Here's our look at the Trump administration and the rest of Washington:
- Hillary Clinton speaks in Washington D.C., criticizes Trump's spending plan
- Former Trump advisor Michael Flynn offers to testify in return for immunity
- Trump threatens to fight his own party's hard-right flank in 2018 elections
- Senate Intelligence Committee vows to follow facts in Trump-Russia probe
- Judge in Hawaii extends order blocking Trump's travel ban
- Ivanka Trump gets formal position in White House
President Trump's initial spending plan calls for a $239-million cut to the Internal Revenue Service despite Treasury Secretary Steven Mnuchin's public support for boosting the staff of the beleaguered tax-collection agency.
The administration's budget blueprint released Wednesday said the 2018 funding "preserves key operations" of the IRS. But the plan calls for "diverting resources from antiquated operations that are still reliant on paper-based review in the era of electronic tax filing" to produce "significant savings."
The proposed 2018 spending would be about 2% less than this year's $11.2 billion, a modest reduction given earlier reports of a possible 14% cut.
The IRS, never popular among Republicans, has been in the party's cross-hairs after the 2015 controversy over the agency's handling of applications for tax-exempt status by conservative tea party groups.
Trump's proposed 2018 cut is similar to a $236-million spending reduction approved by the House last summer.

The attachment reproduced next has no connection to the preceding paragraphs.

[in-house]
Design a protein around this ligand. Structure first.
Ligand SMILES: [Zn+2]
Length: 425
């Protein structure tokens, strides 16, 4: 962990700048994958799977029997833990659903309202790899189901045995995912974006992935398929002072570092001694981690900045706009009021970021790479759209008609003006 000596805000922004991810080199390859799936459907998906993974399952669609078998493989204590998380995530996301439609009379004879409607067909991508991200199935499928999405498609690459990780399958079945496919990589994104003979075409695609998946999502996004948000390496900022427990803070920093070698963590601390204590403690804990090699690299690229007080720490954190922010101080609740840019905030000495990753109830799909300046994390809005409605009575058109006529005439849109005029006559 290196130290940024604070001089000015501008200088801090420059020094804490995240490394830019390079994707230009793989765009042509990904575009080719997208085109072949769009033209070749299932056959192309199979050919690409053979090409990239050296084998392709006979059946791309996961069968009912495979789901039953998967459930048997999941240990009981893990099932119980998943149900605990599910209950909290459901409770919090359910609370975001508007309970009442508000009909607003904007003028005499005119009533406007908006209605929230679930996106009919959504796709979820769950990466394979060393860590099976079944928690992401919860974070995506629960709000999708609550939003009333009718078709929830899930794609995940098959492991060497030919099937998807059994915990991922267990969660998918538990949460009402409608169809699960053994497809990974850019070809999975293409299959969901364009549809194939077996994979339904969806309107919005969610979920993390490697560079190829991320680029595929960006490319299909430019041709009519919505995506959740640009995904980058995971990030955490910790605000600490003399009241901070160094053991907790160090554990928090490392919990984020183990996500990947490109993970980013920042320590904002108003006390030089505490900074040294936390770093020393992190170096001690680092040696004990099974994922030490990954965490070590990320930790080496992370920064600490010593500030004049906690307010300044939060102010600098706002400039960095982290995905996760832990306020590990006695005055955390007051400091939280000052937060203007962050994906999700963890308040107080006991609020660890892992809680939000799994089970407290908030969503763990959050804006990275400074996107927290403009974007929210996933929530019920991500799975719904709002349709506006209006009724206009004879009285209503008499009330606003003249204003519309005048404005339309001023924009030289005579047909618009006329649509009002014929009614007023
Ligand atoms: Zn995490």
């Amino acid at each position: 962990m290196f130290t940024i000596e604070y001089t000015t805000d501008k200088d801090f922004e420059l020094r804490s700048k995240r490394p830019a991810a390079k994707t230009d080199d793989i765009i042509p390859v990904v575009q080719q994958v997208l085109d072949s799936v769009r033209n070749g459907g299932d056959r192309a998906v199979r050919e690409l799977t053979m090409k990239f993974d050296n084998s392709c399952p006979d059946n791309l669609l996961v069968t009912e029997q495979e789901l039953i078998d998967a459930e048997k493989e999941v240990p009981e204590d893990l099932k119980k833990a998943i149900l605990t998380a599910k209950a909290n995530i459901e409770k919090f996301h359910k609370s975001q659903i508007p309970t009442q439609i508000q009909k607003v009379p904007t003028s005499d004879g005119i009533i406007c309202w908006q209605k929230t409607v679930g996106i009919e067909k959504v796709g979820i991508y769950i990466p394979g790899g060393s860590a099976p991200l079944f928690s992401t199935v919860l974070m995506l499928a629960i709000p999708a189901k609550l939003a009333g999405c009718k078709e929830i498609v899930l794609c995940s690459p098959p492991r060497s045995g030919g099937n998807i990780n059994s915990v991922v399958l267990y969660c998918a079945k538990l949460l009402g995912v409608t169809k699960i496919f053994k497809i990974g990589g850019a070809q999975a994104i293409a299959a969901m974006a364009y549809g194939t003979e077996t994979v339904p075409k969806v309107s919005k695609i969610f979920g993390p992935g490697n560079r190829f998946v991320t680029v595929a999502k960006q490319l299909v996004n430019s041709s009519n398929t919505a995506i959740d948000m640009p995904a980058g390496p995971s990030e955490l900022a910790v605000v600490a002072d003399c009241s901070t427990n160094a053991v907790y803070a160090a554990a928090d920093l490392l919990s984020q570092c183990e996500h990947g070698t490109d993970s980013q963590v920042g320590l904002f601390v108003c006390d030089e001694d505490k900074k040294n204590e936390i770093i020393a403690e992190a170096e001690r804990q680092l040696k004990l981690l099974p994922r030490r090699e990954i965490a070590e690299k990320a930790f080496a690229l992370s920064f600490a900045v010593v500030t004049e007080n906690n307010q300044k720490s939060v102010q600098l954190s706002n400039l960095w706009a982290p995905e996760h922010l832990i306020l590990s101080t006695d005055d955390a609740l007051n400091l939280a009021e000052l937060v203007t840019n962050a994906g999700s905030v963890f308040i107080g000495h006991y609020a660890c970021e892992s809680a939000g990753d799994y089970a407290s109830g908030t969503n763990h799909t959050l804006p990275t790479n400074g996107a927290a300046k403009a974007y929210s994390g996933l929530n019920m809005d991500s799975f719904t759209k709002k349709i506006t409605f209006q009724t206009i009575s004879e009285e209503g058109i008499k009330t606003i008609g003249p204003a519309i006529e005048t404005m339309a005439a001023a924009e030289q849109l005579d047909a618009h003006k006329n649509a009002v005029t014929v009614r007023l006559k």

During his Senate confirmation hearing, Mnuchin said he was concerned about low staffing levels at the IRS and wanted to increase hiring.
"I was particularly surprised ... that the IRS headcount has gone down quite dramatically, almost 30% over the last number of years," he said at the Jan. 19 hearing. "I don't think there's any other government agency that has gone down 30%, and especially for an agency that collects revenues, this is something that I'm concerned about."
Some lawmakers have complained that low staffing levels have made it difficult for the IRS to enforce tax laws and make sure all Americans are paying what they owe.
Despite a federal hiring freeze, Mnuchin said he thought he could make the case to Trump that adding more IRS workers would pay for itself.
"I can assure you that the president-elect understands the concept of when we add people, we make money," Mnuchin said at the hearing the day before Trump's inauguration. "He’ll get that completely. That's a very quick conversation with Donald Trump."
Rep. Richard Neal (D-Mass.) called Trump’s budget "a step backward for the Internal Revenue Service and the American people it serves."
"Congressional Republicans have been saying they want the IRS to be more focused on customer service, but slashing funding for the agency by hundreds of millions of dollars would result in the exact opposite outcome," said Neal, the top Democrat on the House Ways and Means Committee.
Overall, Treasury's budget would be reduced by 4.4% in 2018, one of the smallest cuts among Cabinet departments.
11:25 a.m.: This article has been updated with comments from Rep. Richard Neal.